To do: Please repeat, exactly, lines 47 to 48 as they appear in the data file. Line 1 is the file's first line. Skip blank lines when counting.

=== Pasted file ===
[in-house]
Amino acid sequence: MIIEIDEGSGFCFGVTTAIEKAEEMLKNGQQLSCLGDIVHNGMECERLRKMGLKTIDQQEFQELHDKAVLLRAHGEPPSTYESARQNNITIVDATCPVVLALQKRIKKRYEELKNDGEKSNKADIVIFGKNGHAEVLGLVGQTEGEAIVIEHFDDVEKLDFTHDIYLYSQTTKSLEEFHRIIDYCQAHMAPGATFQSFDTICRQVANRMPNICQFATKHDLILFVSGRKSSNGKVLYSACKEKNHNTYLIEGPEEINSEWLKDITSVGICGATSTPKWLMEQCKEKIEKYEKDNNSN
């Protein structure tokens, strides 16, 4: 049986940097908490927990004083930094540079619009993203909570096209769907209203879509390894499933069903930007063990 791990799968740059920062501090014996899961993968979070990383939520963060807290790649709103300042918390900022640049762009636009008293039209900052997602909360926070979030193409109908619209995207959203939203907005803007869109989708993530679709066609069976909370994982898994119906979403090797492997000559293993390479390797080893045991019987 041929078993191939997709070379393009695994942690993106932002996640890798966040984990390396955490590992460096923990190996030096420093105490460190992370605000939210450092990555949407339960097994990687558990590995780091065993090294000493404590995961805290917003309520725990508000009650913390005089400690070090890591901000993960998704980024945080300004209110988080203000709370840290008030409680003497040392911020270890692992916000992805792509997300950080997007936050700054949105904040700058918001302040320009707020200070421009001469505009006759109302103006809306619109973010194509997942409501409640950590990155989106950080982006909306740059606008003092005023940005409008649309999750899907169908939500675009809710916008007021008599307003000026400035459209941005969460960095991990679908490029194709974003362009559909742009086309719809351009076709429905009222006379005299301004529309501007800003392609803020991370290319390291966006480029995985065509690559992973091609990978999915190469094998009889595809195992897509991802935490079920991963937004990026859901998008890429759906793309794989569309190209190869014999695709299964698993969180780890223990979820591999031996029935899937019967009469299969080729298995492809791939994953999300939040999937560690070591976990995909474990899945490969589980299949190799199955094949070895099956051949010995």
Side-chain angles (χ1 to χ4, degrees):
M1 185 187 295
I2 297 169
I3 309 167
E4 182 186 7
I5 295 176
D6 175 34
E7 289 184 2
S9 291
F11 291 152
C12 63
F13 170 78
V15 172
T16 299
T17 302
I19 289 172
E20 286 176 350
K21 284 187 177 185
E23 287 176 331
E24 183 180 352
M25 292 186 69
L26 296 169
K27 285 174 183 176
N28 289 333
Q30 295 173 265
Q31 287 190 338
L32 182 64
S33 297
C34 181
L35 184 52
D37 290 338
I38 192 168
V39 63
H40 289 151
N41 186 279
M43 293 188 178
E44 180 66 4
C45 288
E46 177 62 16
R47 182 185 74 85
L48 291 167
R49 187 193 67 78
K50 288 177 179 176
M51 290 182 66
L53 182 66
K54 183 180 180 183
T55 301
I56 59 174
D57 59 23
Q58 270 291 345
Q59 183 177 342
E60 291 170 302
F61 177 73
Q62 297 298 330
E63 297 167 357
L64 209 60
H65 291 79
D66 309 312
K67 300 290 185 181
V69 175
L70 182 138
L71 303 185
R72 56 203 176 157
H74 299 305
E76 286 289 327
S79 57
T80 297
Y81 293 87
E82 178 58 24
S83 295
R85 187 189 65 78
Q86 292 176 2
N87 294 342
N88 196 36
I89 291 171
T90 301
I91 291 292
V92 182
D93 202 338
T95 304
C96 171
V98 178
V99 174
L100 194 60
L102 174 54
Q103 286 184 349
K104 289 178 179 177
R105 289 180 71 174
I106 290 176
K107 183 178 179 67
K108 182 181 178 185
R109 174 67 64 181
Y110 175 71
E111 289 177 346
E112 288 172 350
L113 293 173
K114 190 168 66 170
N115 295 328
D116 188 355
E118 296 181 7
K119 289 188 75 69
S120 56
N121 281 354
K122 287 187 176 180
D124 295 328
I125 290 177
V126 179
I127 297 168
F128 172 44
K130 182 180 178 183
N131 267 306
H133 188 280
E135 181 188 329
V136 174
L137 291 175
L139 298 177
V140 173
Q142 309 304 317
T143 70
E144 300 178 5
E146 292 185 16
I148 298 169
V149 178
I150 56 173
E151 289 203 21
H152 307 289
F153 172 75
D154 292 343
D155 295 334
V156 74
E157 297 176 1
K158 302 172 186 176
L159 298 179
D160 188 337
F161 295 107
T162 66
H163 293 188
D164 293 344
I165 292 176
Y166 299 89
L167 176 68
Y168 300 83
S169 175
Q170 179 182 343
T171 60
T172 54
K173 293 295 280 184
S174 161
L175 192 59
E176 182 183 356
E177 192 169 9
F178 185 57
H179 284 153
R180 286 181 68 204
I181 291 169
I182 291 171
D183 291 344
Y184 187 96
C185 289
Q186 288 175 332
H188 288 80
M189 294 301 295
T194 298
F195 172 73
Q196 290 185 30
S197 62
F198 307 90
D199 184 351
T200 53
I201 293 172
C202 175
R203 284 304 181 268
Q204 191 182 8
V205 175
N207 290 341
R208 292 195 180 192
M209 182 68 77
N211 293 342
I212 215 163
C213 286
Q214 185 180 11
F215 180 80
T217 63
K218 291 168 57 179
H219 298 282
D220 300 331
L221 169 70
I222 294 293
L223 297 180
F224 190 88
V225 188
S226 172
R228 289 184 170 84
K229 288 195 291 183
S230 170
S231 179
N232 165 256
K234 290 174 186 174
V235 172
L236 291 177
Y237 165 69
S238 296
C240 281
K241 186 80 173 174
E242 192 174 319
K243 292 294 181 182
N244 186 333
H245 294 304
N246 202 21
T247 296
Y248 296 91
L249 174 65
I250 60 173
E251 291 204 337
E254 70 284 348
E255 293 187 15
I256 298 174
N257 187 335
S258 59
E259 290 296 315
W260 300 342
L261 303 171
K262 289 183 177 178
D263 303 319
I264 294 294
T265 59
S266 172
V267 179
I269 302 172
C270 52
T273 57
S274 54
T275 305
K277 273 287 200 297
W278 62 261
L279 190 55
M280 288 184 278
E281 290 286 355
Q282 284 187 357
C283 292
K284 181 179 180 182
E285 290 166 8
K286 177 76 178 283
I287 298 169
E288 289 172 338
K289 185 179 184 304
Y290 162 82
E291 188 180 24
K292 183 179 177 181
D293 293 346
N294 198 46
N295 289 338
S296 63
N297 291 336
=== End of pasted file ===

M51 290 182 66
L53 182 66